Blush! What to do when colleagues misbehave
Journalist Rob Walker has started a column for The New York Times. Called The Workologist, the column aims to address reader queries about modern workplace matters.
Mr Walker addressed exit interviews, and what to do when colleagues do embarrassing things on camera.
How does one handle an exit interview? Is it best to be honest about why you're leaving?
The exit interview is a strange ritual. While it seems to be about giving the former employee one final forum to tell it like it is, it (actually) isn't. Nor is it some sort of last chance to impress the people you no longer work for.
The exit interview exists to benefit the organisation, not you. It's a company's closing opportunity to extract potentially useful information from someone who has quit or has been dismissed.
Imagine that you just gave notice after confronting your incompetent manager about mistreatment of you and your colleagues.
You can "be honest" by rehashing this dispute. At best, that might help the company you no longer work for resolve a problem. But what's in it for you? Nothing.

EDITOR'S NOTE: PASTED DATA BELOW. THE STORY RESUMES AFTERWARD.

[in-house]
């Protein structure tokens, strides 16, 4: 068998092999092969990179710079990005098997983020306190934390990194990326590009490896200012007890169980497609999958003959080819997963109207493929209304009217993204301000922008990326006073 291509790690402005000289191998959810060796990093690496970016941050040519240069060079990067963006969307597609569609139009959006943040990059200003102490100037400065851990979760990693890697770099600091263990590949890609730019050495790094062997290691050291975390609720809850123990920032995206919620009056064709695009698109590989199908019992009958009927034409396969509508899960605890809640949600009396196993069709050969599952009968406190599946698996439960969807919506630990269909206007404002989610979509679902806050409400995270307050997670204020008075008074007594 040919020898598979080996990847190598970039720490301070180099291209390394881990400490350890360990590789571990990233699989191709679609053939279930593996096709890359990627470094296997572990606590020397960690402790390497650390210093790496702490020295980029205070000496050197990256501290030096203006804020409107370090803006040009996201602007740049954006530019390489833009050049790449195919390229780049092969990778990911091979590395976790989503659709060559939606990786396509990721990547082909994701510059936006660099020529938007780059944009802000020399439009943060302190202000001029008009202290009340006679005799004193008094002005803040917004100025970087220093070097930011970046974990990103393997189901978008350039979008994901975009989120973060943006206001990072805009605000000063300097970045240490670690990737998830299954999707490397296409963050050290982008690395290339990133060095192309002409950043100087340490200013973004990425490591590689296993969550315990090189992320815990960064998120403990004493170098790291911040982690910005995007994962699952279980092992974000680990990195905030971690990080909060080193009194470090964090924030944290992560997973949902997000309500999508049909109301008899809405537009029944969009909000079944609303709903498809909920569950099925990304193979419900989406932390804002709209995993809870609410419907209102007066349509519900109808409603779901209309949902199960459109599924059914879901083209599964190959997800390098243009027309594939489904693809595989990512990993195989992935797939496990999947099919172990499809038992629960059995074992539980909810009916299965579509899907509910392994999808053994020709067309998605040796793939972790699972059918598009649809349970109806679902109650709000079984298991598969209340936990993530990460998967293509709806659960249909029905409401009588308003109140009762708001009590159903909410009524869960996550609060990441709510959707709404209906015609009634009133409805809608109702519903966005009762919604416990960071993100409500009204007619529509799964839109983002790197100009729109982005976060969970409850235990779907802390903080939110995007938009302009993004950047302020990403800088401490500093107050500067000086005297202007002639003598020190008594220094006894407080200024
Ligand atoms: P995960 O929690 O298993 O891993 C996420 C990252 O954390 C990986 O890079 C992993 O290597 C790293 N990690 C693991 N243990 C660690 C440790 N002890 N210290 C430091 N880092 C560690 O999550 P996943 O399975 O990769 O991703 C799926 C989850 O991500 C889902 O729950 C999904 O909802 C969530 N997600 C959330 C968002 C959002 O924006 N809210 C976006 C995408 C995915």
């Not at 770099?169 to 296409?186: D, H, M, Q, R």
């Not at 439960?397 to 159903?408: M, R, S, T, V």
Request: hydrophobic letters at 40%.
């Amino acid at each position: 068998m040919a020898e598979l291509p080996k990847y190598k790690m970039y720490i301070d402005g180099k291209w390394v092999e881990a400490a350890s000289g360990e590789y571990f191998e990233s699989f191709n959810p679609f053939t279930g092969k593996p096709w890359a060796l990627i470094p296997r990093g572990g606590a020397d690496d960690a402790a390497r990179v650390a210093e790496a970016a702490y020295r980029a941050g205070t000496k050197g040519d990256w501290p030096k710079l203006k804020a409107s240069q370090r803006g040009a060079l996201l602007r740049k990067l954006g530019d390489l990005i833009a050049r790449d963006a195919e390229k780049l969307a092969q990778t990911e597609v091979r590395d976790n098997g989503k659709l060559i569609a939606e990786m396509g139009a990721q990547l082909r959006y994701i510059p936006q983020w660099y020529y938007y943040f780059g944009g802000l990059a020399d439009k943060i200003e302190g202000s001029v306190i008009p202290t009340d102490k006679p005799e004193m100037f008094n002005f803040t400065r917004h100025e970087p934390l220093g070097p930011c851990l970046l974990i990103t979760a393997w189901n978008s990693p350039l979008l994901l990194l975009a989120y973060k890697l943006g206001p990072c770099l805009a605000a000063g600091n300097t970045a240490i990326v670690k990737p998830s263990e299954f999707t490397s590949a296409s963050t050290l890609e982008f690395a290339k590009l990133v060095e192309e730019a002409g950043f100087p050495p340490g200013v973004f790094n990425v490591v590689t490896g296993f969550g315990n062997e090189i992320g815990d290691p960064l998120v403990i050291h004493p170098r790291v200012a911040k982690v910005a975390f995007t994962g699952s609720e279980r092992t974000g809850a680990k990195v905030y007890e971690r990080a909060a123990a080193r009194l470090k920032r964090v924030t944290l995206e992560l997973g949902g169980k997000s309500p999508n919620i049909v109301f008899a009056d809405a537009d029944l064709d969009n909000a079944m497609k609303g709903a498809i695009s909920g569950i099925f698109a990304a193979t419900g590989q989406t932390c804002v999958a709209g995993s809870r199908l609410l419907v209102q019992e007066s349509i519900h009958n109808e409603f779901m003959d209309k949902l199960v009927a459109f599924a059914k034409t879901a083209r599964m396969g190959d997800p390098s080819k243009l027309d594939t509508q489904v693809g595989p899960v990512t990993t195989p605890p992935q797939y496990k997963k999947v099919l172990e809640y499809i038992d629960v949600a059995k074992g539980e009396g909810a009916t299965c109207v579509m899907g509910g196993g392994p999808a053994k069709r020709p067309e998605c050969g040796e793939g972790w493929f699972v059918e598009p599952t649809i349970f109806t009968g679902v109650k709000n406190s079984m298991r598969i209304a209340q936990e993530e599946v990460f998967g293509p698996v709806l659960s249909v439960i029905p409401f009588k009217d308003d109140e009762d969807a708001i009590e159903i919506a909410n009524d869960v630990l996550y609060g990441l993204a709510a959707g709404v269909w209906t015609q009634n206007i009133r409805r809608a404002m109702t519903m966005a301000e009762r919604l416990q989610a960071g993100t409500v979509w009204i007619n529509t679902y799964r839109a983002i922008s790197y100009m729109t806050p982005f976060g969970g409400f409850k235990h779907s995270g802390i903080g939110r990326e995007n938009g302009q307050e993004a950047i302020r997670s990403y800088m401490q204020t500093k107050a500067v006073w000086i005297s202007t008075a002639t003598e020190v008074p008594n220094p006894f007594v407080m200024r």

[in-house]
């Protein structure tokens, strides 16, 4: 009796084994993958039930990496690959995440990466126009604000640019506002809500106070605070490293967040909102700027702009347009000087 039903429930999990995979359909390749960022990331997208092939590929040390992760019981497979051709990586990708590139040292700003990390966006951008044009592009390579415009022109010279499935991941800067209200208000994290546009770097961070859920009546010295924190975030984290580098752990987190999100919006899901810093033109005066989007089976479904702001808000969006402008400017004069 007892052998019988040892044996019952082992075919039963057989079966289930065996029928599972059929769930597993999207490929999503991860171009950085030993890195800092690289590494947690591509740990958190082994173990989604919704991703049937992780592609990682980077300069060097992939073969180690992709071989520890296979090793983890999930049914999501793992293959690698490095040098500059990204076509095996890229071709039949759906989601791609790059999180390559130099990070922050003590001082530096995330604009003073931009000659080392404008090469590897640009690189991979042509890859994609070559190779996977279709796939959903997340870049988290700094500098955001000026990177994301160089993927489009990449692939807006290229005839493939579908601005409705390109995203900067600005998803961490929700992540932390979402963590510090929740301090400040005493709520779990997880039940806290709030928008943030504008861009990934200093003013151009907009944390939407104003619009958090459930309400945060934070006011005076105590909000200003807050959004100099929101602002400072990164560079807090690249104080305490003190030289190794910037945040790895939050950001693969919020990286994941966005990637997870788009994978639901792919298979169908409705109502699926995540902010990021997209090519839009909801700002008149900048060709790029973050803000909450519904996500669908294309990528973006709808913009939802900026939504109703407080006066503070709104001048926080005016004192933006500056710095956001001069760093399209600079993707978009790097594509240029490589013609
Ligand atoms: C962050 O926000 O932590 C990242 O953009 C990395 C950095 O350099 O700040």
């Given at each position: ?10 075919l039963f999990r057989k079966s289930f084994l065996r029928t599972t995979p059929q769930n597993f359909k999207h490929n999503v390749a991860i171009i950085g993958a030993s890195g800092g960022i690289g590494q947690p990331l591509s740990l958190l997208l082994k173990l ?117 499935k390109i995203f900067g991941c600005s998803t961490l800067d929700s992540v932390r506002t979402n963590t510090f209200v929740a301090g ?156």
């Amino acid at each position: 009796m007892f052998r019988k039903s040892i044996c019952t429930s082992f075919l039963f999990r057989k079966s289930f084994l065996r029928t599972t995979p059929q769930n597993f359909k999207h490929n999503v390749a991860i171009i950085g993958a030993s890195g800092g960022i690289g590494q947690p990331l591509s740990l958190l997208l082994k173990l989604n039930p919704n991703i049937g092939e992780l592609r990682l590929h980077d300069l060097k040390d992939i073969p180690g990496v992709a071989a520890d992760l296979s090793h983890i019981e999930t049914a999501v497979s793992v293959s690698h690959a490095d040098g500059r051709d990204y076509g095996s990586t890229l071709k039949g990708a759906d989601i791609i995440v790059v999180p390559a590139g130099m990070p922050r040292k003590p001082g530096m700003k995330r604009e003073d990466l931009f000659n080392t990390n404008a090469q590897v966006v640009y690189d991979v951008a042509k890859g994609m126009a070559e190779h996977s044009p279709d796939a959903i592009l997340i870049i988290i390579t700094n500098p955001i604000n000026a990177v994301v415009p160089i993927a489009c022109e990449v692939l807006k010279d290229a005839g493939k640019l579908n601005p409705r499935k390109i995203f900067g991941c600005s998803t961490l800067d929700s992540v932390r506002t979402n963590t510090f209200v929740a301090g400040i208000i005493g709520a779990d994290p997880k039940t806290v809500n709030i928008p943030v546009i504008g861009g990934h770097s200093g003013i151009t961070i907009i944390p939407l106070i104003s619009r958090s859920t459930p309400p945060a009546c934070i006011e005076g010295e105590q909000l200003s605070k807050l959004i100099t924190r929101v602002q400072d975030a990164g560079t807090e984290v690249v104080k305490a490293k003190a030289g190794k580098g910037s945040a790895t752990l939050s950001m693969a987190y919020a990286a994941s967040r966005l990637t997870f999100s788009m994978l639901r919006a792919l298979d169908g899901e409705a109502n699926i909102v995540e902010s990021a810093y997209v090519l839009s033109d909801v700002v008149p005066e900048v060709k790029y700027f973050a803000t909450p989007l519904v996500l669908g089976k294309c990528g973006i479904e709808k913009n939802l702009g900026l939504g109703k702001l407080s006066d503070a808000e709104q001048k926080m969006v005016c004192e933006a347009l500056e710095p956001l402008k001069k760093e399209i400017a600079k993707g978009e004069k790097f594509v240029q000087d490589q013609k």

The bottom line is, if you think this is a good time for venting, settling scores and such, you are wasting your time.
If you happen to care deeply about the future of the company then by all means say everything that you believe will be useful to it.
If you're really bitter, you could offer a wild pack of wilfully misleading lies. Otherwise, stick with platitudes and focus your energy on whatever comes next in your professional life.
What is the best approach to tell a colleague you've witnessed doing something embarrassing - nose-picking, for instance - in a Skype conference call?
There are two courses of action here.
First, the short-term practical: the very second when your less-Skype-savvy colleagues are visible to you, tell them. Use whatever awkward and naive "Isn't technology nutty?" language you may need to convey: "Hey, Todd, I am getting a video image of you now - can you see me, too?" If that leads to tedious banter wherein you effectively clue your colleague in on how videoconferencing works, just endure it. It's good karma.
Second, the long term: suggest to your tech department or relevant manager that you've encountered compelling evidence that Skype training sessions are in order. The training shouldn't be limited to specific offenders; make it global.
Your company doesn't want its clients or partners to witness the informal moments you've encountered. And sooner or later, somebody on one of these Skype calls could make a GIF and spread it. Bad scene.